Is it just me, or is naiveté -- either real or affected -- the only qualification one needs to become a sought-after Beltway commentator?

Wednesday, December 17, 2008

Negative interest rates or bust

The Federal Reserve has cut interest rates "to their lowest level on record," according to the Associated Press, with overnight loans to banks now as low as zero percent. That means the money is essentially being printed and then given away to major financial insititutions, as the money the Fed receives in return for the loans will not have kept pace with inflation (which can be expected to greatly increase). Though the move has been hailed by Wall Street, naturally, something about the Fed's latest gives me a strong case of deja vu:
"Not only does [the lowering of interest rates] help in reducing the actual borrowing costs — home equity loans, credit cards or your auto loan — but it improves the affordability, so more people are eligible for credit because their interest payments are lower," said Brian Bethune, chief financial economist for Global Insight, a Lexington, Mass.-based forecasting service.

He said that will help improve chances that borrowers with borderline eligibility will qualify for loans.
Now I know I'm not a highly respected economist regularly quoted in the Washington Post or anything, but isn't a policy of encouraging banks to give loans to people of questionable qualifications exactly what led the U.S. into its current economic malaise?

But it would appear Fed Chairman Ben Bernanke has decided to more or less repeate the Greenspan policy of providing easy money to banks (also tried during the 1920s before another calamitous economic period) that will then try to make a quick buck by lending it to people they probably shouldn't, all in an attempt to inflate the economy back to its previous unrealistic heights. In the short-term, this may indeed spur another artificial boom and the appearance of prosperity -- maybe. But when the inevitable bust comes, it won't be pretty, especially for those on fixed incomes who will have to deal with the likely prospect of significant inflation.

Yet this is the serious monetary policy backed by everyone from George W. Bush to Paul Krugman, which means whenever the blowback of the Fed's actions finally hits nobody will be to blame, except those Americans not patriotic enough to go out and buy a new high-definition television they can't afford.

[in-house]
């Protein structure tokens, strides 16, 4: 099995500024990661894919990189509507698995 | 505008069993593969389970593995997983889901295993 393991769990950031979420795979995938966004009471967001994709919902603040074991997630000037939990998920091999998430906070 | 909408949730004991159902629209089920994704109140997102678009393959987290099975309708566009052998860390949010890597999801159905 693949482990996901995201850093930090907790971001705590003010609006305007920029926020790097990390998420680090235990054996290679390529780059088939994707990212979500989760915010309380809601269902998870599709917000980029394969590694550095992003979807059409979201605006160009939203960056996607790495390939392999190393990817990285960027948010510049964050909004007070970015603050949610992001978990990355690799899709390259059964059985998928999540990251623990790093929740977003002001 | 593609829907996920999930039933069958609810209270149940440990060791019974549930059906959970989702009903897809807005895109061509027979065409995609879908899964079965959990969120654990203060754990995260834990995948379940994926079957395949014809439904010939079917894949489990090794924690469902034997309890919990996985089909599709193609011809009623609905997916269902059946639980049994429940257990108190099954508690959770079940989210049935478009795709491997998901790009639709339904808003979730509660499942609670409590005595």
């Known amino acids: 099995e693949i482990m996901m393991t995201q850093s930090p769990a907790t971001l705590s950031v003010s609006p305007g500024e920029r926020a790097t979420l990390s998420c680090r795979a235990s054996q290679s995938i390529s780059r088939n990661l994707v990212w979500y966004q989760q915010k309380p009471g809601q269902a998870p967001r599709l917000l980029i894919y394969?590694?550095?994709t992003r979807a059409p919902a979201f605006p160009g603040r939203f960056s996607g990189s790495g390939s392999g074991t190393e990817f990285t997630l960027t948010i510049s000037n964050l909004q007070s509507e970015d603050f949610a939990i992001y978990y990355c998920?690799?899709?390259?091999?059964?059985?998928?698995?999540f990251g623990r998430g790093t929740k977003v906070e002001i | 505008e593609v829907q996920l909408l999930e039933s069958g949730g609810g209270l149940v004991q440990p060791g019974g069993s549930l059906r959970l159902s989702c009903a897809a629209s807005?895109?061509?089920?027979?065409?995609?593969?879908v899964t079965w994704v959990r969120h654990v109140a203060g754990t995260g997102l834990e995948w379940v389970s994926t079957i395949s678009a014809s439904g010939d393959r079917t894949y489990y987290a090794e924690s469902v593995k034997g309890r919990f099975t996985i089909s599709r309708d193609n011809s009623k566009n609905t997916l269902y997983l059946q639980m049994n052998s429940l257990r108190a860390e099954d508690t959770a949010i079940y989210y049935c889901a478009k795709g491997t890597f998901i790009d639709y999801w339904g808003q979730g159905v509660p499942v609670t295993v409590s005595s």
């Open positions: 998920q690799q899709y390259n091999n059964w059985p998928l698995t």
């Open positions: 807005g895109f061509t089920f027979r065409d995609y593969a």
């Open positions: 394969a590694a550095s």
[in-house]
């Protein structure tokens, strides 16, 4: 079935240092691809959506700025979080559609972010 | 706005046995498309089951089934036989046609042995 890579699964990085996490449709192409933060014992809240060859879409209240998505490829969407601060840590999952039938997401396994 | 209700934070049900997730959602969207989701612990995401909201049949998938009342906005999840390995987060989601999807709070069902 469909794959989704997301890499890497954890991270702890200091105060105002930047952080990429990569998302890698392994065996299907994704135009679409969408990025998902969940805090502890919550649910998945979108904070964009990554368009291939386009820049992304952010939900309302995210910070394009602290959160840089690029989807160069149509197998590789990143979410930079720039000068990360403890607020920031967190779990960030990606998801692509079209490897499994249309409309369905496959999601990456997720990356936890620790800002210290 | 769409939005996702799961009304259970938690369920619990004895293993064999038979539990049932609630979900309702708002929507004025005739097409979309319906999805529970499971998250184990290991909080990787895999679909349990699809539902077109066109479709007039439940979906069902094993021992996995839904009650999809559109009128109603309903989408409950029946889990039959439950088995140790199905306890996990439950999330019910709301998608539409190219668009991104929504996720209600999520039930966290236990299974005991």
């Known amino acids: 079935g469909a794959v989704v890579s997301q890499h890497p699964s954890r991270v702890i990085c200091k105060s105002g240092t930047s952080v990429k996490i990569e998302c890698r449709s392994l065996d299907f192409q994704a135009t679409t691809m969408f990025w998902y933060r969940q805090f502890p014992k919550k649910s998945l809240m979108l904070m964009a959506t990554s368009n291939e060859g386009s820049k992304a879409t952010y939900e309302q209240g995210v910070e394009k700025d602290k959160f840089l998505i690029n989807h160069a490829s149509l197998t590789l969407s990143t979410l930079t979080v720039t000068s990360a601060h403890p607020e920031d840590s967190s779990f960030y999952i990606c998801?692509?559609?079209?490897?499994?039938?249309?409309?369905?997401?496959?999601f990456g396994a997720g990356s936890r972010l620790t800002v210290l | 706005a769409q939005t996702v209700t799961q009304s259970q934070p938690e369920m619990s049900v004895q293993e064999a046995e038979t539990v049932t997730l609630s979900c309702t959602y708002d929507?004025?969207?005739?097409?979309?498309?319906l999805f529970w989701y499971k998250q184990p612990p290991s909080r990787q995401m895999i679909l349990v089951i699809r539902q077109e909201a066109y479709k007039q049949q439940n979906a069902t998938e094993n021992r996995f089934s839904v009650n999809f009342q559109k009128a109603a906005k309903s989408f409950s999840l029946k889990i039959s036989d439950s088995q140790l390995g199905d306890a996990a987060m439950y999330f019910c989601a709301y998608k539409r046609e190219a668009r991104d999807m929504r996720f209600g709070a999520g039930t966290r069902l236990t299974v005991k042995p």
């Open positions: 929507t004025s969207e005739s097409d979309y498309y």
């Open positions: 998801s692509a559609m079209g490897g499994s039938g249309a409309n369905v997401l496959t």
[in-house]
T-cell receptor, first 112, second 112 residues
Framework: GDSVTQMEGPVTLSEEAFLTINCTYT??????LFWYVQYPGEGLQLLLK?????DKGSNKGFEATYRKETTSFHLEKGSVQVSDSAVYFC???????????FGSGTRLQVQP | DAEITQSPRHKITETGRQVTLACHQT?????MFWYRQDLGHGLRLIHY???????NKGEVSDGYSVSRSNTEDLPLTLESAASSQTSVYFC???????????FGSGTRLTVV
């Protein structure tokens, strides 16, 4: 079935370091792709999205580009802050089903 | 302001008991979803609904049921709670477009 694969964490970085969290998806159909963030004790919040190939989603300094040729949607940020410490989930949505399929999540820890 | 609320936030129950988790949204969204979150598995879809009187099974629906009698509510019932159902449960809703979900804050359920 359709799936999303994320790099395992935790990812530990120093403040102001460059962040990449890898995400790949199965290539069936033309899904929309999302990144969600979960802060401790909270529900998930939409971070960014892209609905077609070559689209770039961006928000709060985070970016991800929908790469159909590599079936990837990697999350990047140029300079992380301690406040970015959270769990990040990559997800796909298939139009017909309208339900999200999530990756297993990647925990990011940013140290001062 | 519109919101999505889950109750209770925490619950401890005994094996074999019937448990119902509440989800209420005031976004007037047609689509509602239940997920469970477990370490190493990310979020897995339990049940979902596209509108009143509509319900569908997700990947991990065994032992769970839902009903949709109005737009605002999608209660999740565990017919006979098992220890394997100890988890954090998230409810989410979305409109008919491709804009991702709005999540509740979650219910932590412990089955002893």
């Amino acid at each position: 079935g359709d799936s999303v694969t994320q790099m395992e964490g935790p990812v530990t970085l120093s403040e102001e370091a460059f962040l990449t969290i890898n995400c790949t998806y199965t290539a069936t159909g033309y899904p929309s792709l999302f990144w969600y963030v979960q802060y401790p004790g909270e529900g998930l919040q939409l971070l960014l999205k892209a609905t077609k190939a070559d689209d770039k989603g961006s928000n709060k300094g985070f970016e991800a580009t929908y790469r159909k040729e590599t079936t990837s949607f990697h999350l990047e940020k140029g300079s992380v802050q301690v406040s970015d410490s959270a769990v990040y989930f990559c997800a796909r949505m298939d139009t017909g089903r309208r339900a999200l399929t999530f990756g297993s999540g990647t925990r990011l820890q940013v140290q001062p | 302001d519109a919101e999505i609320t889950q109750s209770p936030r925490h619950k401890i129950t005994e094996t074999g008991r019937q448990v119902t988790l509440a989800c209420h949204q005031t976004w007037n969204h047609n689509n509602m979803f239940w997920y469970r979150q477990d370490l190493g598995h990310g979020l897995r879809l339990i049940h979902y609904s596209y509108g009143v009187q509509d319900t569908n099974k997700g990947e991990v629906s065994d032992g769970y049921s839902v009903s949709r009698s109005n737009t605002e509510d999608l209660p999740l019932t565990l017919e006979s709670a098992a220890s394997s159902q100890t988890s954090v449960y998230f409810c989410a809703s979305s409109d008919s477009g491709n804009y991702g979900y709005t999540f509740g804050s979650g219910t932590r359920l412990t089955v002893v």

Sunday, December 14, 2008

President Bush greeted as liberator

President George W. Bush, on a final victory tour of the world before he leaves office, participated in a press conference in Baghdad that no interview with a member of the American press could have prepared him for:

While it may appear harsh and a tad unnerving, in Iraq throwing one's shoes at someone is actually seen as a gesture of the utmost humility. "Here. Take the shoes off my very feet, for I am not worthy to walk in your presence."

Or it's a gesture of extreme disrespect and loathing, indicative of the widespread hatred of Bush present throughout the Middle East and much of the world. One of the two.

Friday, December 12, 2008

Will Barack Obama nuke Iran?

Despite the fact that the International Atomic Energy Agency (IAEA) has found no evidence that Iran has diverted any uranium to a covert nuclear weapons program, and that all 16 U.S. intelligence agencies have declared that Iran does not have an active weapons program, American politicians haven't come to grips with that reality -- Barack Obama included. How else can one explain his offer, as reported by Israeli newspaper Haaretz, to launch a retaliatory nuclear strike against Iran should it ever use nuclear weapons (which the aforementioned intelligence agencies say they don't have) against Israel (which the whole world knows has nukes)?
U.S. President-elect Barack Obama's administration will offer Israel a "nuclear umbrella" against the threat of a nuclear attack by Iran, a well-placed American source said earlier this week. The source, who is close to the new administration, said the U.S. will declare that an attack on Israel by Tehran would result in a devastating U.S. nuclear response against Iran.